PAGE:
Banking in Scotland
Chapter VII - Control of the Banking
Britain in general but Scotland in particular was
remarkably fortunate in the extent to which Governments left the banking
system free to develop its structures and functions in line with the
growth requirements of the economy. Throughout much of the history of
Scottish banking the only effective monetary control on the banks was
the Bank Rate. When the Bank of England put up its rate this was
interpreted as a signal to the money market to put up their rates and so
control the demand for credit. Open market operations in the sale of
Government securities were also devised in such a way as to influence
the banks' reserve ratios. Sales of these securities had the effect of
reducing banks' reserves with the result that credit contraction would
Since the nationalisation of the Bank of England in
1946, however, the range and extent of Government's intervention in the
money market has increased markedly. In the 1950s bank rate and open
market operations were used extensively as a part of monetary policy. It
also became practice from time to time for the Bank of England to issue
directives to the banks indicating that they should either expand or
contract credit to certain sectors of the economy.
In 1960 Special Deposits were introduced whereby
banks were required to deposit a certain percentage of their deposits
with the Bank of England. The placing of these deposits then obliged the
banks to control their lending in order to bring their reserve ratios
back to the required levels. The 1960s was a difficult time for the
economy and all forms of credit control were used regularly but this
merely gave a stimulus to other financial institutions which the Bank of
England found more difficult to control than the banks. The latter were
losing business to the secondary banks and finance houses.
So when Competition and Credit Control was introduced
in 1971, minimum reserve requirements were stipulated for virtually all
financial institutions and all were encouraged to compete for business.
This led to some ill-considered business by some of the secondary banks
and in 1974 the financial collapse led to the Bank of England together
with the Scottish banks and London Clearing Banks setting up a
"lifeboat" scheme to prevent these concerns from collapsing.
As part of the 1971 package the efforts by the Bank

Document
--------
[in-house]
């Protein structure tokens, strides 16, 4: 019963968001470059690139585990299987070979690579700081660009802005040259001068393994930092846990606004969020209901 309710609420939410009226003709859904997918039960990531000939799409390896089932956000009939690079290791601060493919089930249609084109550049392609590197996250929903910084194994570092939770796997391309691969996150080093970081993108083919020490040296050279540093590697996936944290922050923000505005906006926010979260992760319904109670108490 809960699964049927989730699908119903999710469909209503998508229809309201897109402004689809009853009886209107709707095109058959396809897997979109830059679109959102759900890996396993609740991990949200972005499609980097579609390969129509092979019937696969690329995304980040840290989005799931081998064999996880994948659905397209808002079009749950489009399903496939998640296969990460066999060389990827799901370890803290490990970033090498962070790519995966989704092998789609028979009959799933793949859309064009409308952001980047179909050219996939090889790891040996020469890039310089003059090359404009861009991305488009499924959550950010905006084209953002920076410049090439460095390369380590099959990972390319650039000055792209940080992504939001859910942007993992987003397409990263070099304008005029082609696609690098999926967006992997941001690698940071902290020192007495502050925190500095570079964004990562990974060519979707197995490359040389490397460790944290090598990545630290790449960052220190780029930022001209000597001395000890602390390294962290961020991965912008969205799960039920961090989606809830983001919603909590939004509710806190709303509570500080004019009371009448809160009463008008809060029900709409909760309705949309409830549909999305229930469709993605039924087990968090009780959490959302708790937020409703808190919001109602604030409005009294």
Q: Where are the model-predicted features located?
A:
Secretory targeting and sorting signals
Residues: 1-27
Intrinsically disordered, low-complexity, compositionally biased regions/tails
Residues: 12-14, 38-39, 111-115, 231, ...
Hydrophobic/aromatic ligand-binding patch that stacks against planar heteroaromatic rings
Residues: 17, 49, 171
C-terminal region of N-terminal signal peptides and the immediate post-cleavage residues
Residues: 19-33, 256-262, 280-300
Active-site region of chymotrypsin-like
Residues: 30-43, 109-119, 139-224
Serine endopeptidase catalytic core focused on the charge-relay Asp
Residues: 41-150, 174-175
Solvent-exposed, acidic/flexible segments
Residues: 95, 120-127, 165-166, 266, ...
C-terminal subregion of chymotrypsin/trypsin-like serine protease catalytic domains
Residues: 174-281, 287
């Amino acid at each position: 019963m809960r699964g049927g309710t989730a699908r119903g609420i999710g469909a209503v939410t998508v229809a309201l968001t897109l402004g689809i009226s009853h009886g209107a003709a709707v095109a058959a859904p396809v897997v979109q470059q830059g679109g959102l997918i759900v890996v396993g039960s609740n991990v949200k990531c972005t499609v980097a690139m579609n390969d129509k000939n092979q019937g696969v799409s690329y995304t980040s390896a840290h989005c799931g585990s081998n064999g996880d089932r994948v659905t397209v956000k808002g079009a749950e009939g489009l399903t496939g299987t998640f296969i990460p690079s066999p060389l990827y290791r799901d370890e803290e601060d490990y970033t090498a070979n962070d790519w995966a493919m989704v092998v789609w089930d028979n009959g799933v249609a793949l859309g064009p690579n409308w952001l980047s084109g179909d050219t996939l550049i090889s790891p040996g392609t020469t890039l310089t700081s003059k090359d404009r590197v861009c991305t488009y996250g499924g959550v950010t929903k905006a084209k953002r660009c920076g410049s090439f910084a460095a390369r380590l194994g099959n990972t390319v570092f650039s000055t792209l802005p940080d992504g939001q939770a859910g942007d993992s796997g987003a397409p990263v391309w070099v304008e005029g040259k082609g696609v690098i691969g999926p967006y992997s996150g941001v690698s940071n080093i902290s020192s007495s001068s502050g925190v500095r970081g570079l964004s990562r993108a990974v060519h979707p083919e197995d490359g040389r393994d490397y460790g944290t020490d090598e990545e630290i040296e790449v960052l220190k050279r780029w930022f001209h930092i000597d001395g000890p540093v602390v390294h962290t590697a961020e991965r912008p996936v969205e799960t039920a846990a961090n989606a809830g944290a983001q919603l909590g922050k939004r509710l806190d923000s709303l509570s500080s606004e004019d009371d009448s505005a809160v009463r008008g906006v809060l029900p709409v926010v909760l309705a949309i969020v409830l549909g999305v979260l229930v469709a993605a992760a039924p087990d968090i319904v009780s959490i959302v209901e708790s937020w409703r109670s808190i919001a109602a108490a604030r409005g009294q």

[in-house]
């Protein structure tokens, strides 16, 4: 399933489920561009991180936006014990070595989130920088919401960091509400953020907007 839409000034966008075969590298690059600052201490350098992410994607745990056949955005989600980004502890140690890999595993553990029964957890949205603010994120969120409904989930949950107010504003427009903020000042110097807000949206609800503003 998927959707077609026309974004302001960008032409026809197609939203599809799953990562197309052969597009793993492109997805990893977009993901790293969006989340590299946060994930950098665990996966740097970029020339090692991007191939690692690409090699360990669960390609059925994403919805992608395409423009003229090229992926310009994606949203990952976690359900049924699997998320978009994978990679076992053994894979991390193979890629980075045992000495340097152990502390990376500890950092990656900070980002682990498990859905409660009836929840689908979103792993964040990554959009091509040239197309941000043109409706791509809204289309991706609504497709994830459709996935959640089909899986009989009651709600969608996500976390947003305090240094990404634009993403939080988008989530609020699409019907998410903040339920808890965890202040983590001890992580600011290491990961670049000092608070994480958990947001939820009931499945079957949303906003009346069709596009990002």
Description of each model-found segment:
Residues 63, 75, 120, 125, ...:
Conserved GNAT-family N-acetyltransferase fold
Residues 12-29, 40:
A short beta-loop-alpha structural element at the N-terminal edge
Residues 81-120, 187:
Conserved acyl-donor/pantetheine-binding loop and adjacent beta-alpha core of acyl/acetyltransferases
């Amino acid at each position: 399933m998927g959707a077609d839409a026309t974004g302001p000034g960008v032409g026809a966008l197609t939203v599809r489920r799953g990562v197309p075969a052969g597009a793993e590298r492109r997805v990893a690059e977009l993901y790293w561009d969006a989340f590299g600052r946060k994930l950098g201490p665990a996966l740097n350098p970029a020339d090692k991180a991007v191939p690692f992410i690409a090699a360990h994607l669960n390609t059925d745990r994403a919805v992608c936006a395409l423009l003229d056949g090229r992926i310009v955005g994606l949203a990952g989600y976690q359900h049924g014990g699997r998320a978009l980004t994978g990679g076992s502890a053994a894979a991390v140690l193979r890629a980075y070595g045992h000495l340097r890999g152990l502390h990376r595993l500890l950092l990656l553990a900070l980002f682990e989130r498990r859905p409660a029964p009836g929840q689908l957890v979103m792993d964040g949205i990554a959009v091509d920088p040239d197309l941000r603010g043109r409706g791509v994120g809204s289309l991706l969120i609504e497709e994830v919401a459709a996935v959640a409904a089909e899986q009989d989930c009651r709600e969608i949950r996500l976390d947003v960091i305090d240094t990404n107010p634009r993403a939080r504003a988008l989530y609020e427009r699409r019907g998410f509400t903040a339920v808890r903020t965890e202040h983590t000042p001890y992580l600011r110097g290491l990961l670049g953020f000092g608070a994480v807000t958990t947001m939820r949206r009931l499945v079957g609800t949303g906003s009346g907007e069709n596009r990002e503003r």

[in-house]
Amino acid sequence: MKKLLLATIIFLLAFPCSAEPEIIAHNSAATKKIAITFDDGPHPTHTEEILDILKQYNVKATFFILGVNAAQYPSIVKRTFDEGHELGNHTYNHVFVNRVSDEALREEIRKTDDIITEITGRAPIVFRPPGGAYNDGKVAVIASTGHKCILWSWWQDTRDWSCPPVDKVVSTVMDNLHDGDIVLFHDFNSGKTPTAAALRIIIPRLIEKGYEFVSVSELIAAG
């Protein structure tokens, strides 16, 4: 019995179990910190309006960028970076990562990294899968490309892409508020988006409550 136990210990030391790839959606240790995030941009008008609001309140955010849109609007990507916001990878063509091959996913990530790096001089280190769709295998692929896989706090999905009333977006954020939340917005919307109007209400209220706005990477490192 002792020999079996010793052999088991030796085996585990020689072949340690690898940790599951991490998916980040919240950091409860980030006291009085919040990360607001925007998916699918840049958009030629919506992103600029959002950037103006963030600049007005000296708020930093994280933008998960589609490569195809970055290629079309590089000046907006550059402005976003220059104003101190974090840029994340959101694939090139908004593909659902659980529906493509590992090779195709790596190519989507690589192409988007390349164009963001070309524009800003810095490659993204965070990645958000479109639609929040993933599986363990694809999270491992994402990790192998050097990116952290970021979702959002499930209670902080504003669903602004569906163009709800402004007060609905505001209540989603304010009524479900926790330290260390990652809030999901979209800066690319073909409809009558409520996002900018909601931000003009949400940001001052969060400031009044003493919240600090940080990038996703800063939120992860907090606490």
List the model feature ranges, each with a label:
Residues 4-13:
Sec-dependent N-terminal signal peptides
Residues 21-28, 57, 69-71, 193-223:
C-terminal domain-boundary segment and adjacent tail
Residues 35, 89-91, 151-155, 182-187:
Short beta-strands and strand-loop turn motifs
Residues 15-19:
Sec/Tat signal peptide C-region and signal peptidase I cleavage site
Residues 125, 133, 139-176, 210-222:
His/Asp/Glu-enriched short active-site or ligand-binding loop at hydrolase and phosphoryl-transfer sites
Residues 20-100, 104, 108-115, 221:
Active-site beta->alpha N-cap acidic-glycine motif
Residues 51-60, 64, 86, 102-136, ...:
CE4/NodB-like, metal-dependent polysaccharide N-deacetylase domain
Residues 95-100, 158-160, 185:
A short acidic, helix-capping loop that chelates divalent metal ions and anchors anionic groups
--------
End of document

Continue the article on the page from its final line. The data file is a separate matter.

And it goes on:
of England to enforce quantitative controls, i.e., lending
ceilings, on the banks were abandoned but the authorities retained the
right to provide banks with qualitative guidance when certain priority
categories were defined during credit restraint. For example, in 1972
they were advised by the Bank of England to restrict lending to property
companies and for financial transactions and to concentrate their
advances more on manufacturing industry especially those with export
potential. This request was repeated and re-enforced throughout the
Other types of Government controls on the ability of
banks to lend have remained in force although seldom in their original
form. Notably the special deposits scheme underwent several variations
in the 1970s ending with a "corset" scheme in 1978. Under this if
deposits increased by 4 per cent over six months then further special
deposits were required. In this way the Government hoped to choke off
the growth of the money supply (deposits) and so restrict the banks'
ability to lend.
Experimentation was also made with the role of Bank
Rate as a leader of market interest rates and as a controller of lending
but this new method in which the Bank Rate's name was changed to Minimum
Lending Rate was not a success and the scheme was abandoned in 1978 in
favour of the old system although the name Minimum Lending Rate
remained. This too was abandoned in 1981 when interest rates ceased to
be an instrument of monetary policy.
Many of the changes introduced in the 1970s were
intended to increase the degree of competitiveness in the British
banking system and to increase the efficiency of Government control. In
retrospect it must be argued that much more success was achieved with
the former objective than the latter, although the degree of this
success is to be seen in the range of services offered rather than in
the structure of interest rates and charges.
The extent of Government surveillance and control of
the banking system in the 1980s is in very marked contrast to the free
enterprise days of the Industrial Revolution.
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